Rishi Sunak’s windfall tax threat causes split in Downing Street

Treasury officials reportedly believe the one-off levy is 'politically unavoidable'

Britain's Chancellor Rishi Sunak speaking at the Confederation of British Industry's annual dinner in London on Wednesday. Reuters
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The Chancellor of the Exchequer’s threat to impose a windfall tax on gas and oil companies raking in huge profits from the rising cost of energy is understood to have caused a split between the Treasury and the prime minister’s aides.

Pressure is piling on Rishi Sunak to produce a package of support to ease the cost of living for millions of people struggling with higher food and energy bills.

Inflation has rocketed to 9 per cent, a 40-year high.

The opposition Labour party has called for a one-off tax on the profits of oil and gas companies to help households and energy-intensive industries.

The Conservative-led government has in the past ruled out a windfall tax on energy companies, but Mr Sunak has recently said such a levy could not be ruled out if companies are not investing enough in new projects.

“If it doesn't happen soon and at a significant scale then no option is off the table,” he told MPs in the House of Commons this week.

Boris Johnson’s cabinet is split over the idea, with some ministers “intrinsically opposed” to the levy, according to Kit Malthouse, a senior member of the government. However, he stressed that the policy has not been ruled out.

As people in Britain face rising food and energy bills, the government has been urged to do more to help ease the cost-of-living crisis. AFP

“We are intrinsically opposed to that kind of taxation,” Mr Malthouse, the policing minister, told Times Radio when asked about a possible windfall tax. “We want to see a pattern of investment from that industry that will help us with our medium and long-term energy problems.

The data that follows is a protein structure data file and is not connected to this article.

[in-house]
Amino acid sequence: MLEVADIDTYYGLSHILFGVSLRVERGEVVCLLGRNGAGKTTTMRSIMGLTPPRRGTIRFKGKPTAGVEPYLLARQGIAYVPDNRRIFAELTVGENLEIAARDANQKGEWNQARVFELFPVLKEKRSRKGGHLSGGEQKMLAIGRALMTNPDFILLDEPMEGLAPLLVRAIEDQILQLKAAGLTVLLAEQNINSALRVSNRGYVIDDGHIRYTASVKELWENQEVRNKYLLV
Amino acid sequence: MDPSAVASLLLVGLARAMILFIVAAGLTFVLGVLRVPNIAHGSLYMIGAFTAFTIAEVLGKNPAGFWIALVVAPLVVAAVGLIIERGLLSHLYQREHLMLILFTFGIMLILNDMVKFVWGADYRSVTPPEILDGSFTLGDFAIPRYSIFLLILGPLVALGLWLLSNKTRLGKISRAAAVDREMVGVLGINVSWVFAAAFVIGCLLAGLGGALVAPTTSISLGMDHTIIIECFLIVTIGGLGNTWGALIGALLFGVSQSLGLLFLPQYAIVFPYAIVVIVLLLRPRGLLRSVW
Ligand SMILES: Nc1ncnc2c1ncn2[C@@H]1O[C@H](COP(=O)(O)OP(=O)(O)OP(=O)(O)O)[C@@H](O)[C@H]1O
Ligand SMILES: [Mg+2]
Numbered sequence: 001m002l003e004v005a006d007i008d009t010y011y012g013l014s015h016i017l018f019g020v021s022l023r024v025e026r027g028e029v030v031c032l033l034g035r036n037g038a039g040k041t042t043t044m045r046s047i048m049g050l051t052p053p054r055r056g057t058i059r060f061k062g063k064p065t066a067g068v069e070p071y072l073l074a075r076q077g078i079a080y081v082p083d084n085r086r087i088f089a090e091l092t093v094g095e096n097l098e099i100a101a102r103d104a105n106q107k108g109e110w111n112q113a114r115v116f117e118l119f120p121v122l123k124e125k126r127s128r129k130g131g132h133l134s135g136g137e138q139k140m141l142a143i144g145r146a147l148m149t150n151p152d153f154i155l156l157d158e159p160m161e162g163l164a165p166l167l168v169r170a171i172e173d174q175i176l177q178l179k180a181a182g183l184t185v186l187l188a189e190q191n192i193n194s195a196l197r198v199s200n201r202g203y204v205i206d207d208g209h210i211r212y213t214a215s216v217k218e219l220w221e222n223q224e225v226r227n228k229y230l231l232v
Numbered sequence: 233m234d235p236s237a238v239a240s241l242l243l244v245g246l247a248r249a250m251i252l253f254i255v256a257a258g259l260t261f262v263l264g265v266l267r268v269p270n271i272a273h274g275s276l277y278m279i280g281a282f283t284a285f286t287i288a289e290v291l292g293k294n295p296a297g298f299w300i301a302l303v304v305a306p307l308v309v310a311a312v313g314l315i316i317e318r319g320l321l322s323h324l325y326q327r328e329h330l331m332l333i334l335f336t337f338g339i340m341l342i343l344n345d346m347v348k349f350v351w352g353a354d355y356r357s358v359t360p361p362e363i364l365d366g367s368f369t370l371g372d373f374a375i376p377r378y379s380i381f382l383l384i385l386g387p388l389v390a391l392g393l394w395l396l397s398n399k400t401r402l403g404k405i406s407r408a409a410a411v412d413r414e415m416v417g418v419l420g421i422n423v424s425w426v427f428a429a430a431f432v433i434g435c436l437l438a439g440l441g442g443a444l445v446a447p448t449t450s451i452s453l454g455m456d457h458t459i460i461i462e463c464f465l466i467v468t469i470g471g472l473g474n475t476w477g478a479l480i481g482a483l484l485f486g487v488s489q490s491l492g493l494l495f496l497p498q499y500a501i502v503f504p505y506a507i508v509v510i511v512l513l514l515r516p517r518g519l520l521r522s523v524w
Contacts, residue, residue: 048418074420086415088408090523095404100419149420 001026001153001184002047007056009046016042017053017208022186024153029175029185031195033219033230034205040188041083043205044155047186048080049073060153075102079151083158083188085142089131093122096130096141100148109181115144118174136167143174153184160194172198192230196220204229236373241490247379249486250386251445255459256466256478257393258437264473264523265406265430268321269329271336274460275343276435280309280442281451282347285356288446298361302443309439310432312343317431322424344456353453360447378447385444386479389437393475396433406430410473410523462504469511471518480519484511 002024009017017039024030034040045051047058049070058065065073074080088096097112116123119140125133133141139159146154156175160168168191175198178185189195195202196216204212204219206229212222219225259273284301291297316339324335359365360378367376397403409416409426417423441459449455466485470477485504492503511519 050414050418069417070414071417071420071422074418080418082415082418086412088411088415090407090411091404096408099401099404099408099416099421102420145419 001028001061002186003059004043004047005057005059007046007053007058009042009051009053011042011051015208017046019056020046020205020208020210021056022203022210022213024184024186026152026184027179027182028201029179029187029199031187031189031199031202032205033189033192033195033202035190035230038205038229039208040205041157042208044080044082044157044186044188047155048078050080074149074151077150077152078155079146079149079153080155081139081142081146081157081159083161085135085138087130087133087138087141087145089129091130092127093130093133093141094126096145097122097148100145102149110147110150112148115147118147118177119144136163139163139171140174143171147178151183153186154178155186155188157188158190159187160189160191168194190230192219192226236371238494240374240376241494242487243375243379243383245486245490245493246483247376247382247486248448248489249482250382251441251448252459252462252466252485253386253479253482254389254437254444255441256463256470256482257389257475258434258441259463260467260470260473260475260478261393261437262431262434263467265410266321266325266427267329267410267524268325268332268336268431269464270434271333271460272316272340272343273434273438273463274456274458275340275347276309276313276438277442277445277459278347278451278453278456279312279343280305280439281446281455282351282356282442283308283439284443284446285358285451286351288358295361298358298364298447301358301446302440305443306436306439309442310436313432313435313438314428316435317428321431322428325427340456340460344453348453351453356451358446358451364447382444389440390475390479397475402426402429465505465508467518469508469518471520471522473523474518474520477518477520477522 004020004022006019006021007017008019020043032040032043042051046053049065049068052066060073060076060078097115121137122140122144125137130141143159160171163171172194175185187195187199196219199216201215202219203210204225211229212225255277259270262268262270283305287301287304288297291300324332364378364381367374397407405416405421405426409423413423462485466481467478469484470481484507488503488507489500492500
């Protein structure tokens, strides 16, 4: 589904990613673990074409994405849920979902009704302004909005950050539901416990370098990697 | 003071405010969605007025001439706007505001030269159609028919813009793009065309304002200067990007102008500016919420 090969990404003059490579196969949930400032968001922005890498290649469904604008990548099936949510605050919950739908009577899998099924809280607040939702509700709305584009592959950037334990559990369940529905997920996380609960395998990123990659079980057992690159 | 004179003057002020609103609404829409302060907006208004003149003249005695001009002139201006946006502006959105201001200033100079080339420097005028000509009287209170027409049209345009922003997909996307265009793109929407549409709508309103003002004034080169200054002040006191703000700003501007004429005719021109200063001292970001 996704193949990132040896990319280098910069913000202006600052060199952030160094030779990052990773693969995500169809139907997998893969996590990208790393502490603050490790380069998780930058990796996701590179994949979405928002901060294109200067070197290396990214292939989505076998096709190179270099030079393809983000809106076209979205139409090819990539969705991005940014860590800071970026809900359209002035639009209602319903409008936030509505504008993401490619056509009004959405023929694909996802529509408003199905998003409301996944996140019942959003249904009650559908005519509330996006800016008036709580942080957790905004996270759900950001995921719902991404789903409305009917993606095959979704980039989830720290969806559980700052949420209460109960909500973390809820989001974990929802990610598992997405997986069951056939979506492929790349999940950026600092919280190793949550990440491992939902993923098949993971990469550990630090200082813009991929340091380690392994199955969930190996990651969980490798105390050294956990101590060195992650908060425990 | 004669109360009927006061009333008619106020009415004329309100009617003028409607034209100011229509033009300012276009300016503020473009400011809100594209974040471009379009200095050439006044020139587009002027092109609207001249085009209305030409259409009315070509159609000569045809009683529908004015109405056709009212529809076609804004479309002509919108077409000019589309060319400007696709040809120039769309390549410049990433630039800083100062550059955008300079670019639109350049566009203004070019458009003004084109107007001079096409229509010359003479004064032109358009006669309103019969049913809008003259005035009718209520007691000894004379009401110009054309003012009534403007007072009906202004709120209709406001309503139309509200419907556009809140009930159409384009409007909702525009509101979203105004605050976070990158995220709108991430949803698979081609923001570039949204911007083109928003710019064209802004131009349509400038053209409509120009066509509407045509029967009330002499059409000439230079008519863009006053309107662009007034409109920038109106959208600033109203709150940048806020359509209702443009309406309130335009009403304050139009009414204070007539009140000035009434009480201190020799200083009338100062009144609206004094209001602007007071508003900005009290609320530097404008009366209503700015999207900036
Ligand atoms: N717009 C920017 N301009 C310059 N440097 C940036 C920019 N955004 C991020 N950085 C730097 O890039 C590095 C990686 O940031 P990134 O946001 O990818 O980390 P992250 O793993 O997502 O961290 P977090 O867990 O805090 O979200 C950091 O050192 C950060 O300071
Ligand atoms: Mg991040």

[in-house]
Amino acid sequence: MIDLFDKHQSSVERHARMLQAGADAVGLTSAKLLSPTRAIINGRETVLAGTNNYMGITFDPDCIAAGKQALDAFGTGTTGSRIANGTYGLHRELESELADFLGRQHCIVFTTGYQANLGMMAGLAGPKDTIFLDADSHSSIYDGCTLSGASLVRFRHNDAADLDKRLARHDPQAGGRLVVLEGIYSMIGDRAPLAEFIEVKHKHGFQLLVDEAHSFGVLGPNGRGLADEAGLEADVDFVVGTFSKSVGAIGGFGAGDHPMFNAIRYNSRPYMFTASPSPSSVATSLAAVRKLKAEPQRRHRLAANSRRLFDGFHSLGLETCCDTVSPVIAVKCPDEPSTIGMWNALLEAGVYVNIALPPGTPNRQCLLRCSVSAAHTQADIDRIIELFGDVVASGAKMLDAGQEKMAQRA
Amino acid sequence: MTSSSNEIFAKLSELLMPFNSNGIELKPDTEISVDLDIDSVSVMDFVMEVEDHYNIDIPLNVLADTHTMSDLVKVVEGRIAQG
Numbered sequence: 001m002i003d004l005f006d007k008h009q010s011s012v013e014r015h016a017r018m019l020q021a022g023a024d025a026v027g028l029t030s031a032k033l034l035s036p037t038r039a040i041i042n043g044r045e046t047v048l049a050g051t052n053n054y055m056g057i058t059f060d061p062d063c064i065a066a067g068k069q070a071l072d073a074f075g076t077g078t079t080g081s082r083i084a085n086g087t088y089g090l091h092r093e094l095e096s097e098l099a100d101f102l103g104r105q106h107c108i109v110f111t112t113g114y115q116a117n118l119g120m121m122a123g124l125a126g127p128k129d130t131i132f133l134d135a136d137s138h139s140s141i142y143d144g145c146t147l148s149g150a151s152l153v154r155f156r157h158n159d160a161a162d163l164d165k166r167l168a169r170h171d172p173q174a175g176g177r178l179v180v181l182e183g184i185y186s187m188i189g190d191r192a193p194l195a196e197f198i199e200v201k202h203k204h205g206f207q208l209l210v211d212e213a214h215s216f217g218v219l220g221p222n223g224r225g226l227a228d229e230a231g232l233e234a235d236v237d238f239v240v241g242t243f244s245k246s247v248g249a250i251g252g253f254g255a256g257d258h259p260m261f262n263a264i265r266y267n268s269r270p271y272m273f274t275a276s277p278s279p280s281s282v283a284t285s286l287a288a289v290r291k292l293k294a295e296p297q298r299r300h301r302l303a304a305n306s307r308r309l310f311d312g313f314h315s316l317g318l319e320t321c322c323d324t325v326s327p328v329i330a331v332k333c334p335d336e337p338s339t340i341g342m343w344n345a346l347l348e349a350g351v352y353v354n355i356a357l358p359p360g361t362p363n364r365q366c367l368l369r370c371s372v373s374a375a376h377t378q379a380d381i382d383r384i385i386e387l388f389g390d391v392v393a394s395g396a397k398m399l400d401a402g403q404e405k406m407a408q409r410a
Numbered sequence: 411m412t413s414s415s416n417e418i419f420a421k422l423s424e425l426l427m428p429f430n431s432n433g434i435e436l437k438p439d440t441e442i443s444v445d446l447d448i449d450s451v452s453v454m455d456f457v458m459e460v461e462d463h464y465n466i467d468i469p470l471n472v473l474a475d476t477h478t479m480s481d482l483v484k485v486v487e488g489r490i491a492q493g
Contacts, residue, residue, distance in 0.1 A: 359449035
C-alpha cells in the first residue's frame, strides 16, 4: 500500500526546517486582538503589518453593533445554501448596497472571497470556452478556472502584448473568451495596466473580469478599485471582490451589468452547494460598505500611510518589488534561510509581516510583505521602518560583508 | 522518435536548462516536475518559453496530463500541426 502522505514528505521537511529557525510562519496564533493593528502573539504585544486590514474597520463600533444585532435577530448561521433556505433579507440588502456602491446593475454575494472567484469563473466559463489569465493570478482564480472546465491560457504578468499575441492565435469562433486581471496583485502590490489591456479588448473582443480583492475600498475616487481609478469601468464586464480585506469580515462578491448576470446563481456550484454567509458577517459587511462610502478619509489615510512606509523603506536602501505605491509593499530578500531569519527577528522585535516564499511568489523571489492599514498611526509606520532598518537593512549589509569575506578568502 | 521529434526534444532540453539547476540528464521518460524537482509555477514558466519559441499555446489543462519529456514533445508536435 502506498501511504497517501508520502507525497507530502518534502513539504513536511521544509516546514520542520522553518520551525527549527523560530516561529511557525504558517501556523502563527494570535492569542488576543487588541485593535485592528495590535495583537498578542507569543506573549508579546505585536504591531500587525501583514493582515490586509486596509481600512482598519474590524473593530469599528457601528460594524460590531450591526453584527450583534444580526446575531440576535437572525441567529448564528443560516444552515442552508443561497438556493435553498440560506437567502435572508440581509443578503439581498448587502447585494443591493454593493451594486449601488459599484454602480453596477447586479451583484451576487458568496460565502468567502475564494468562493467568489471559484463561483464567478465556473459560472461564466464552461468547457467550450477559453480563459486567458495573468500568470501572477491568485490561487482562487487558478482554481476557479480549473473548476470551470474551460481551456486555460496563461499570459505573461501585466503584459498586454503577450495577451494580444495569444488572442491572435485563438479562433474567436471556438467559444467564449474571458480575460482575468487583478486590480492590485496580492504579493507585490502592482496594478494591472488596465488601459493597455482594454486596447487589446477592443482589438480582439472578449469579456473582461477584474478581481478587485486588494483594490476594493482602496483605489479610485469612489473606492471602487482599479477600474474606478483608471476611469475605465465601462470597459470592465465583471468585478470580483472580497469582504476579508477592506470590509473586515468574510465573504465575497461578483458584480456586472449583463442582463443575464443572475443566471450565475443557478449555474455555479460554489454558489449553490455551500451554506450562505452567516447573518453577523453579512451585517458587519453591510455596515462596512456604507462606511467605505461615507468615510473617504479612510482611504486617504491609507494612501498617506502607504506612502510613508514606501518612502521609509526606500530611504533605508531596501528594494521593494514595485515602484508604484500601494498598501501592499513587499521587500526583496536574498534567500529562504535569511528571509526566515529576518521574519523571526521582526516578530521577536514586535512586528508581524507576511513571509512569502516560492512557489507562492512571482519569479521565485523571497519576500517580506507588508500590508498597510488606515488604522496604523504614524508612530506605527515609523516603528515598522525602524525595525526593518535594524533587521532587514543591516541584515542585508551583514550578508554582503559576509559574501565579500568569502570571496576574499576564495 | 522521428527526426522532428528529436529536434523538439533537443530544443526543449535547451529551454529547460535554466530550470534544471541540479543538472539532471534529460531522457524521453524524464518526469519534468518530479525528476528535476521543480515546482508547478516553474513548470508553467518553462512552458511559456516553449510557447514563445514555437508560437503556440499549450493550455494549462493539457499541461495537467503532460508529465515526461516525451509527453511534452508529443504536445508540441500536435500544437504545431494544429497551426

“But the chancellor reserves the right to take all steps he thinks necessary and he's in conversation with that industry all the time, I'm sure.

“My predilection as a Conservative generally is to have low and stable and predictable taxes, and that retrospective taxation is to be avoided, but there are Conservative administrations in the past who have felt the need to tax retrospectively and sometimes the circumstances might warrant that.”

The oil and gas industry has argued that unpredictable tax policies could deter investment and hit jobs.

Officials at the Treasury are convinced a windfall tax now looks “politically unavoidable”, The Times quoted a source as saying.

Mr Sunak in April signalled a possible shift in policy by hinting at such a levy, telling parenting website Mumsnet “that’s something I would look at” if energy companies were not reinvesting their profits in the UK.

On Tuesday he reiterated his threat in the House of Commons, but said the government does not believe a windfall tax is a simple answer to the problem.

Mr Sunak is under mounting pressure from business leaders, charities and MPs from across the political spectrum to produce a package of support after inflation hit a 40-year high, with food and energy costs among the main concerns.

He appeared to acknowledge the need for further support for the poorest in a speech on Wednesday night at the Confederation of British Industry’s (CBI) annual dinner. He said “right now, we also have a collective responsibility to help the most vulnerable in our society.”

“And so, as the situation evolves our response will evolve,” he added. “I have always been clear, we stand ready to do more.”

While Mr Sunak wants to be seen to do more to help struggling households, he is also wary of inflicting further damage on public finances, which have taken a serious battering from the Covid-19 pandemic.

The Bank of England has warned Britain’s economy could plunge into a recession before the end of the year. It has also forecast that inflation will rise above 10.25 per cent in the fourth quarter of this year — the highest level since 1982.

Updated: May 19, 2022, 12:42 PM
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